Mark Marquess has seen virtually everything baseball has to offer. A two-sport star at Stanford, he played in the White Sox system from 1969-73 before embarking on a coaching career that's now in its 39th season at his alma mater. Along the way, he's won 12 conference titles and two national championships, led the Cardinal to 14 College World Series appearances and won a gold medal with Team USA at the 1988 Olympics.
Still, not many things on a baseball field have compared to the fabled right arm of a blond kid from Granada Hills High School in the early '80s.
"The arm he had," Marquess marvels today, over 30 years after John Elway left Stanford, "is a gift from God."
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John Albert Elway was born on June 28, 1960, and was destined for something big. An emblem of the "coach's son" designation, he excelled in virtually every athletic endeavor. As a high school senior, he missed five games of his final football season perhaps due in part, as United Press International reported in 1979, to his far-reaching sports prowess. "Elway injured his right knee playing varsity basketball and reinjured it playing baseball, which many scouts said is his best sport," reporter Rich Tosches wrote.
An 18th-round selection by the Royals in 1979 didn't sway Elway after high school, where he batted .551 and .491 in his last two seasons and won Los Angeles Player of the Year honors and a city championship. Instead, he made good on his commitment to Stanford.
Elway played in nine games behind center for the Cardinal during the 1979 football season and saw action in 46 on the diamond the following spring. As a freshman, the outfielder batted .269, walked more times (22) than he struck out (21) and accounted for 20 runs and 18 RBIs. It was a season with which most freshman would have been thrilled. Not Elway.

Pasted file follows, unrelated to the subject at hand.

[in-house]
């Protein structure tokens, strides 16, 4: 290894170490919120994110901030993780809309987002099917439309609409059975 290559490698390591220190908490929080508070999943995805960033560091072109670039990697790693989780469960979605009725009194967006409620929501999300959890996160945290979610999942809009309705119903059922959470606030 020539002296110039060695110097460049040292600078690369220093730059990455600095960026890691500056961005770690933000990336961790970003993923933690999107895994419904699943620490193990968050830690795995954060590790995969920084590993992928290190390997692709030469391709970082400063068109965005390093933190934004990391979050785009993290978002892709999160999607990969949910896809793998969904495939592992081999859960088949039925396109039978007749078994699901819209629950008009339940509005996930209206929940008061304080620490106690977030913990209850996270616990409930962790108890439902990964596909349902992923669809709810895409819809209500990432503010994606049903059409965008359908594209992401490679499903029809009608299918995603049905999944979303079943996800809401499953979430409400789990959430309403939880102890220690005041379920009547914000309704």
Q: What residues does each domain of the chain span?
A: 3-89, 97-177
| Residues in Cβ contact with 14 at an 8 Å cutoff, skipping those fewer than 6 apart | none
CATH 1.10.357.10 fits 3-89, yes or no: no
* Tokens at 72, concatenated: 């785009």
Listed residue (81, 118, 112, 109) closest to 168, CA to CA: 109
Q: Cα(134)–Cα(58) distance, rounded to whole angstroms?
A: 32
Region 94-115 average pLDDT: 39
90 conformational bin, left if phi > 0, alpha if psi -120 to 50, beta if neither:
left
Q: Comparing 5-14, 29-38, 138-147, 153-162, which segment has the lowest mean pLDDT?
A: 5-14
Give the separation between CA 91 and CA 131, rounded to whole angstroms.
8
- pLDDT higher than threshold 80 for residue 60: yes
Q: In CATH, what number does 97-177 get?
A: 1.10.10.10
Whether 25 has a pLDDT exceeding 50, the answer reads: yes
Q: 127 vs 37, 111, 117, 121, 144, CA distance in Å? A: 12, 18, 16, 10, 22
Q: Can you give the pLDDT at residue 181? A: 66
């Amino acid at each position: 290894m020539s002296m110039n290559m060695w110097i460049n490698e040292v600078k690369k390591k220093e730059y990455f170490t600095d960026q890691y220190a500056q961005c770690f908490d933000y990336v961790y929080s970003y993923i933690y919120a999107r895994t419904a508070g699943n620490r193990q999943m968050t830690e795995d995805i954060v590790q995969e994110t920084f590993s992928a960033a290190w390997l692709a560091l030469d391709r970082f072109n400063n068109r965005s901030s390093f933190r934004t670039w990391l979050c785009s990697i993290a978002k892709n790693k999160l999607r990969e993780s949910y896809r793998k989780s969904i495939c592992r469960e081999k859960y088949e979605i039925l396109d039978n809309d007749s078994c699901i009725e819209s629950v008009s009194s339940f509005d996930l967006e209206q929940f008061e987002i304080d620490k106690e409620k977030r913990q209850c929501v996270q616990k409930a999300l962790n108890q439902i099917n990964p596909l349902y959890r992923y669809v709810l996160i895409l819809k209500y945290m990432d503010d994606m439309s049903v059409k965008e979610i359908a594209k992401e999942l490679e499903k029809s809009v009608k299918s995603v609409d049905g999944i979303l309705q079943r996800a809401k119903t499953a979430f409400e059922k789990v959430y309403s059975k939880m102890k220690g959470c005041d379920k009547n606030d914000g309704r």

"He came in and said, 'Coach, I really don't want to waste my time playing baseball. I'm very disappointed in my average. It should've been better,'" Marquess recalled 35 years later. "I said, 'Hey, you're only a freshman. That's a good year for a freshman. I think you're going to be a better player.' I think he wanted to hear that. He was playing, but he wasn't playing up to the level he thought he should play.
"John at that time would rather be competing than going out and throwing the football around when there wasn't a game involved. He wanted to compete. He just wanted to make sure, after his freshman year, 'Am I wasting my time competing at this level? Can I be good enough to do that?'"
John Elway lifted his average from .269 as a Stanford freshman to .361 as a sophomore. (David Madison/Getty Images)
In 1981, he proved he was. Fresh off his first of two Pac-10 Football Player of the Year awards, Elway was a more mature and dynamic player in 49 games as a sophomore, batting .361 with nine homers, 15 doubles, 50 RBIs and 47 runs scored. And there was always that rocket arm, the stories of which feel like tall tales of a baseball Paul Bunyan. Like that one time in Tempe.
"We were playing at Arizona State and there's runners at first and second, no outs, we're up by three or four runs," Marquess remembered. "He's playing right field and there's a ball hit that he catches on the warning track in right-center, probably 360, 370 [feet] away. The Arizona State guy tags up on second base and is going to go over because there's no way. He throws the ball in the air and throws the guy out by five feet. I'll never forget, the Arizona State third base coach turned and threw his hands up in the air like 'Can you believe that?'"
Or the time in Austin.
"We're playing in Texas his sophomore year and they're all over Elway because it's football country," Marquess said. "He's taking infield and he backs up to the warning track on the Astroturf. He gets a standing ovation from the Texas crowd after he throws from right field in infield. I've coached a long time and I've seen a lot of great players. Nobody had that arm."